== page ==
The private pension landscape has changed dramatically over the past quarter century, with a decisive shift away from traditional defined benefit plans toward defined contribution plans, primarily 401(k)s. Under the typical 401(k), individuals are responsible for making their own retirement saving decisions. The first, and most important, decision is whether to participate in the plan. As many as one-third of participants choose not to join, sparking concern about their retirement security.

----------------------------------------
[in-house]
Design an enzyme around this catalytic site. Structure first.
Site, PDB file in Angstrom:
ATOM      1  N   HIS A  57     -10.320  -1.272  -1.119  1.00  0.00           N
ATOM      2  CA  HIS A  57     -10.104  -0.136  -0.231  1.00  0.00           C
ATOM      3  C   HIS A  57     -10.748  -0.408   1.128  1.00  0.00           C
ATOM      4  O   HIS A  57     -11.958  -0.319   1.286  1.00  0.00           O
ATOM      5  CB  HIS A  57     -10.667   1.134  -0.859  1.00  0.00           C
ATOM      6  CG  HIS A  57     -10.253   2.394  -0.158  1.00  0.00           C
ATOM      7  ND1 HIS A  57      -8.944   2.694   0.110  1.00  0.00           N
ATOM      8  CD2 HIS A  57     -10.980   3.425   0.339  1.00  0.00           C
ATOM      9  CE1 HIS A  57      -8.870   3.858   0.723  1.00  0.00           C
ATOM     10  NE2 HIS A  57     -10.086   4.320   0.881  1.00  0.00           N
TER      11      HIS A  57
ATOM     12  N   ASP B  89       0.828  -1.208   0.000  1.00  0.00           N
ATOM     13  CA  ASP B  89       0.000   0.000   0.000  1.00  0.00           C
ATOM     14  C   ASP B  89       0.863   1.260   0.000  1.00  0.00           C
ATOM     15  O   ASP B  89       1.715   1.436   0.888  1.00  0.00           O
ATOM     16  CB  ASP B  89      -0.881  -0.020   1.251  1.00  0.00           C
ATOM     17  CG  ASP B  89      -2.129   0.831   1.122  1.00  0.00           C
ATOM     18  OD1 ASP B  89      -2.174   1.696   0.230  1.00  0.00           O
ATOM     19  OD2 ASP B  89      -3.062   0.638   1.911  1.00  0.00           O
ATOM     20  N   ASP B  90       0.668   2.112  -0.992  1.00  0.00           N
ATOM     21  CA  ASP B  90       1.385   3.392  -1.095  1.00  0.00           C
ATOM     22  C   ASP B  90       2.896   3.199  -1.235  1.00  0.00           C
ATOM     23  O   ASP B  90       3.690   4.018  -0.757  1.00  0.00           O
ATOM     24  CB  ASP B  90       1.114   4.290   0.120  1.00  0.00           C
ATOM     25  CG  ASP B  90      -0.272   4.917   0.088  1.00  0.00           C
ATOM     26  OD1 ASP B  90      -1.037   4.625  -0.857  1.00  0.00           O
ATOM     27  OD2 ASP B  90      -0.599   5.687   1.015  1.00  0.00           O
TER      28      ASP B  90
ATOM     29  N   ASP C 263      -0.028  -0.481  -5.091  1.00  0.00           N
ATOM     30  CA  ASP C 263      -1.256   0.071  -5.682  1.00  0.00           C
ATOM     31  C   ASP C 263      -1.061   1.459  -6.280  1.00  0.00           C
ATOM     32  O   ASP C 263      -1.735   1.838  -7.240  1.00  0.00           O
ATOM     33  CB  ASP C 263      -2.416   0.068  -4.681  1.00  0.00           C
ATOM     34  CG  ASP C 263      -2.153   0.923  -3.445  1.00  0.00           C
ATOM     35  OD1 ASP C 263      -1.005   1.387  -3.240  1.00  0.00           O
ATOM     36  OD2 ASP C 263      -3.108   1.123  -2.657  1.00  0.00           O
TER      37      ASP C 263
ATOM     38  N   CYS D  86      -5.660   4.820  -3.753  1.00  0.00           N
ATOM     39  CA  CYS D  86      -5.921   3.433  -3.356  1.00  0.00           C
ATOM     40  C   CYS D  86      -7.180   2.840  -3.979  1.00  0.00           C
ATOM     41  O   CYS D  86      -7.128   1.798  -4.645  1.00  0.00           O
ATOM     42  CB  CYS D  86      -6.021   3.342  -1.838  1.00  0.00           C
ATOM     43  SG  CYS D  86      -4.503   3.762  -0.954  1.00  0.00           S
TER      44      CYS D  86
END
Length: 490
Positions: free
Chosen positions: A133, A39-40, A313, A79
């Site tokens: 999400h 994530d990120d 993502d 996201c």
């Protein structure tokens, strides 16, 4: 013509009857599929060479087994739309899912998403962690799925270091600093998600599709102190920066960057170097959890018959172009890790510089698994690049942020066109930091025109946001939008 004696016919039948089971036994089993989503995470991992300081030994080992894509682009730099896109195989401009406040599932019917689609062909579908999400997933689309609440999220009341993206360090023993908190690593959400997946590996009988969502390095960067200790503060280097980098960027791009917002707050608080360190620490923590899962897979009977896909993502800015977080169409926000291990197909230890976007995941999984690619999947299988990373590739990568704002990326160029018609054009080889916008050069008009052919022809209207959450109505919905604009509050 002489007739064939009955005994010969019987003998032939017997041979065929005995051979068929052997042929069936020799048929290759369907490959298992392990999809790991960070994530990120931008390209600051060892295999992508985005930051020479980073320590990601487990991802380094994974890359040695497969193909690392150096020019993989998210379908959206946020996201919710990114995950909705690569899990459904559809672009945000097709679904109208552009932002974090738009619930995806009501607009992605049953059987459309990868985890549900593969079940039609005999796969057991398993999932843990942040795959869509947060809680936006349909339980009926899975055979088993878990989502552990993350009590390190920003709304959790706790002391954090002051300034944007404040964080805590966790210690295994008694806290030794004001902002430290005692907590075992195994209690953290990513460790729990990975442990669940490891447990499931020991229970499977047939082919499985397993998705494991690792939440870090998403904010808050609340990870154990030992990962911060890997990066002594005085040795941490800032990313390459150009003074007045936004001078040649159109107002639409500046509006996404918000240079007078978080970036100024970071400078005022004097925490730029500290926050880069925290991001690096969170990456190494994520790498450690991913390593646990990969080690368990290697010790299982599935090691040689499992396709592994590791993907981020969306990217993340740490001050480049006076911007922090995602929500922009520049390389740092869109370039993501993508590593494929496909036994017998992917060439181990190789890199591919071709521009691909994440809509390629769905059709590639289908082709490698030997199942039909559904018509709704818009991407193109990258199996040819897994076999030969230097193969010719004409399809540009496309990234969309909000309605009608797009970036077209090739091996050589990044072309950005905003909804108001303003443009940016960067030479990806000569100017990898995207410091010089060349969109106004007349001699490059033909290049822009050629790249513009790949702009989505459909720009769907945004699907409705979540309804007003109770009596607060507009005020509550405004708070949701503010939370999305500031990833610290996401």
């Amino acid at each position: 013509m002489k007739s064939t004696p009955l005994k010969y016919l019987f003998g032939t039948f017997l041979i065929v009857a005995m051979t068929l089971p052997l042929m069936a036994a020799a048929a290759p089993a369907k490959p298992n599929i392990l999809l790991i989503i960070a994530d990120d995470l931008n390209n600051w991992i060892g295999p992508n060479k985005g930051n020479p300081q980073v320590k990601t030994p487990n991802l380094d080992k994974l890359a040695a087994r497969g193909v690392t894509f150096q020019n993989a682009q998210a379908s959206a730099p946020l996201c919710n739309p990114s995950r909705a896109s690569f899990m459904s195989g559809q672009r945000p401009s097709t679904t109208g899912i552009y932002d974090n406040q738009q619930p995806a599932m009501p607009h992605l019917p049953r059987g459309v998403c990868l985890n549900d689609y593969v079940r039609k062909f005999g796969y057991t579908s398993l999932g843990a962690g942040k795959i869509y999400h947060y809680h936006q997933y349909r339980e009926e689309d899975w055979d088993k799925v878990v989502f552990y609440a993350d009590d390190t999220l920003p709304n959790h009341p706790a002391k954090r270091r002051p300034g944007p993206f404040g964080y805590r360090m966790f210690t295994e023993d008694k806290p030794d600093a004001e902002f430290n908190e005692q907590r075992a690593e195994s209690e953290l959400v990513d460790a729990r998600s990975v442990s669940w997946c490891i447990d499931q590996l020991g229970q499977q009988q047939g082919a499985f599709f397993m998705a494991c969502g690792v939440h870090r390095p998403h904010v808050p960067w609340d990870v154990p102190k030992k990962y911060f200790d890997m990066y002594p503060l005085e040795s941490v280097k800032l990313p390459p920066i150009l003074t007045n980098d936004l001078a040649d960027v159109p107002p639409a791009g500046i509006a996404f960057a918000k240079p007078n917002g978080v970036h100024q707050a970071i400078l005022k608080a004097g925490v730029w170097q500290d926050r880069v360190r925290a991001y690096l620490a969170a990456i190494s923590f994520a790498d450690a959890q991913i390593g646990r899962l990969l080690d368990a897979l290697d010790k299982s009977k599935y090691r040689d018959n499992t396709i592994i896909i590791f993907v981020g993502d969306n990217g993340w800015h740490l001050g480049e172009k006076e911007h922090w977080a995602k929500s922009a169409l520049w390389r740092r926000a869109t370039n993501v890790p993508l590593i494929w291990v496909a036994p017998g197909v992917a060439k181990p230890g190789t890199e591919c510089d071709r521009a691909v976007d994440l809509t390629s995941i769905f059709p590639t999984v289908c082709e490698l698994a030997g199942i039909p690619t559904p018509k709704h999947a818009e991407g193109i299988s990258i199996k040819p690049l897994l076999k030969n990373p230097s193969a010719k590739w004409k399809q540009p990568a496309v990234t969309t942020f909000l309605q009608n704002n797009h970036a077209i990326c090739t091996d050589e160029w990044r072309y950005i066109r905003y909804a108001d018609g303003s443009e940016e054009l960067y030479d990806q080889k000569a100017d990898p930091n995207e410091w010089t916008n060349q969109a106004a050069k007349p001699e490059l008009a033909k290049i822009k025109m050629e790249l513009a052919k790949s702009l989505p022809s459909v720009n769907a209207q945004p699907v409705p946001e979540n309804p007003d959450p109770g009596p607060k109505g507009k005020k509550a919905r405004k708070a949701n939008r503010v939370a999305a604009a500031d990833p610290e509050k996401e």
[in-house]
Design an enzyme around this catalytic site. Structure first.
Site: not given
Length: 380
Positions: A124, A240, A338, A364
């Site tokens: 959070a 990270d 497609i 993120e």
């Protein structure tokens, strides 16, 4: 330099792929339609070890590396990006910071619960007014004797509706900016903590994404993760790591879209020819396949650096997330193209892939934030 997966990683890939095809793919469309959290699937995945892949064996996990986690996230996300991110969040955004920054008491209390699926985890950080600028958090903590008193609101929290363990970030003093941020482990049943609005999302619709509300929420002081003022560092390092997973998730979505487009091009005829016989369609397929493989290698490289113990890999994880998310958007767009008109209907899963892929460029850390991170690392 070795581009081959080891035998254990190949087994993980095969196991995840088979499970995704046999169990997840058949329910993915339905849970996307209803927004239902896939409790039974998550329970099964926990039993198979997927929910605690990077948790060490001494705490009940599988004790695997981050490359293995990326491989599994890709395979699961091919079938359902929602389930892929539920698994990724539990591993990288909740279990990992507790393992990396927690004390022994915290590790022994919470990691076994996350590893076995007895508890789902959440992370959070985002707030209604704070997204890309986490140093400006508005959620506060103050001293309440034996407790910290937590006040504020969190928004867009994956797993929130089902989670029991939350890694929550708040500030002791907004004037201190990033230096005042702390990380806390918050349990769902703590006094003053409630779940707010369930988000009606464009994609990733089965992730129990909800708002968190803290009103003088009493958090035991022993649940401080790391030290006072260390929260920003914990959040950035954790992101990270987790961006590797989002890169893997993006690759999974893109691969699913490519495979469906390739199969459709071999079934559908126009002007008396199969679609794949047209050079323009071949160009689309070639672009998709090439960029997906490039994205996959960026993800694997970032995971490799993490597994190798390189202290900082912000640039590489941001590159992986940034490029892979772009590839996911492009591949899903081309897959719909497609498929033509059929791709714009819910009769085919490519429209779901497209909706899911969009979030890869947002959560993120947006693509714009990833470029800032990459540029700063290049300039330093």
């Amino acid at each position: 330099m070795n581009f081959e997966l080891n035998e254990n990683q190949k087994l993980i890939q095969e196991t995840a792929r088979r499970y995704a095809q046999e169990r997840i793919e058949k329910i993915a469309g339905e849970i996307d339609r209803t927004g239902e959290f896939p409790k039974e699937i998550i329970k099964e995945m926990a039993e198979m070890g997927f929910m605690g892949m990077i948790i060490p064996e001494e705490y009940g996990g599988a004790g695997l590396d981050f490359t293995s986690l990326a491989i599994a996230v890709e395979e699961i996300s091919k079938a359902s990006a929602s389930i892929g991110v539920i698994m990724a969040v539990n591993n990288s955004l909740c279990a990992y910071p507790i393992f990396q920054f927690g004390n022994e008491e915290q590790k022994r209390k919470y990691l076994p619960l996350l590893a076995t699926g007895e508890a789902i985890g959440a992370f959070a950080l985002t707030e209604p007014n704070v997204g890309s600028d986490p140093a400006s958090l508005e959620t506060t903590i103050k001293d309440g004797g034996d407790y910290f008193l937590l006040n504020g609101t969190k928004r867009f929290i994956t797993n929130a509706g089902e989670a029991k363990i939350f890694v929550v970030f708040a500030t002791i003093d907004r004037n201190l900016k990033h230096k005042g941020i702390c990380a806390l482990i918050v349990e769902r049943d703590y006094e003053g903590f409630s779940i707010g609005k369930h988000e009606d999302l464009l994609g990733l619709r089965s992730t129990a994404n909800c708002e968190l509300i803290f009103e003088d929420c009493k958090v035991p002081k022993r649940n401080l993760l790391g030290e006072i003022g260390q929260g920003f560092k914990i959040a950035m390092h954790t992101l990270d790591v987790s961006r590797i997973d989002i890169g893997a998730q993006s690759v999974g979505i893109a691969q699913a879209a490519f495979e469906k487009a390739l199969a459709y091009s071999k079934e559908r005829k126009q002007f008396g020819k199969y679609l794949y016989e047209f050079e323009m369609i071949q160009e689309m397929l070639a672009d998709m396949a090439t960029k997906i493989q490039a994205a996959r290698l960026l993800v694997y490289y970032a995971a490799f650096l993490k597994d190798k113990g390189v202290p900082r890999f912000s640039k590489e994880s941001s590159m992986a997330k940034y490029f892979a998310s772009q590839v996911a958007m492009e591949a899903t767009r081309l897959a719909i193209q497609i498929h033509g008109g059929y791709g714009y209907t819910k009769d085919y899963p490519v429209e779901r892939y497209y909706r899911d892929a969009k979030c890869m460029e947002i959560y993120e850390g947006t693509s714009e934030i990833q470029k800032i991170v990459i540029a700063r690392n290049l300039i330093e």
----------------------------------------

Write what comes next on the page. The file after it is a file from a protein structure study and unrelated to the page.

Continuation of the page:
Many researchers have explored why employees fail to participate in 401(k)s. Potential reasons include economic factors, such as insufficient income, as well as behavioral explanations, such as procrastination. Meanwhile, recent efforts to understand financial decision-making more broadly have focused on the role of financial literacy. And researchers attempting to understand banking and other financial relationships have drawn attention to the role of mistrust in influencing individuals’ choices…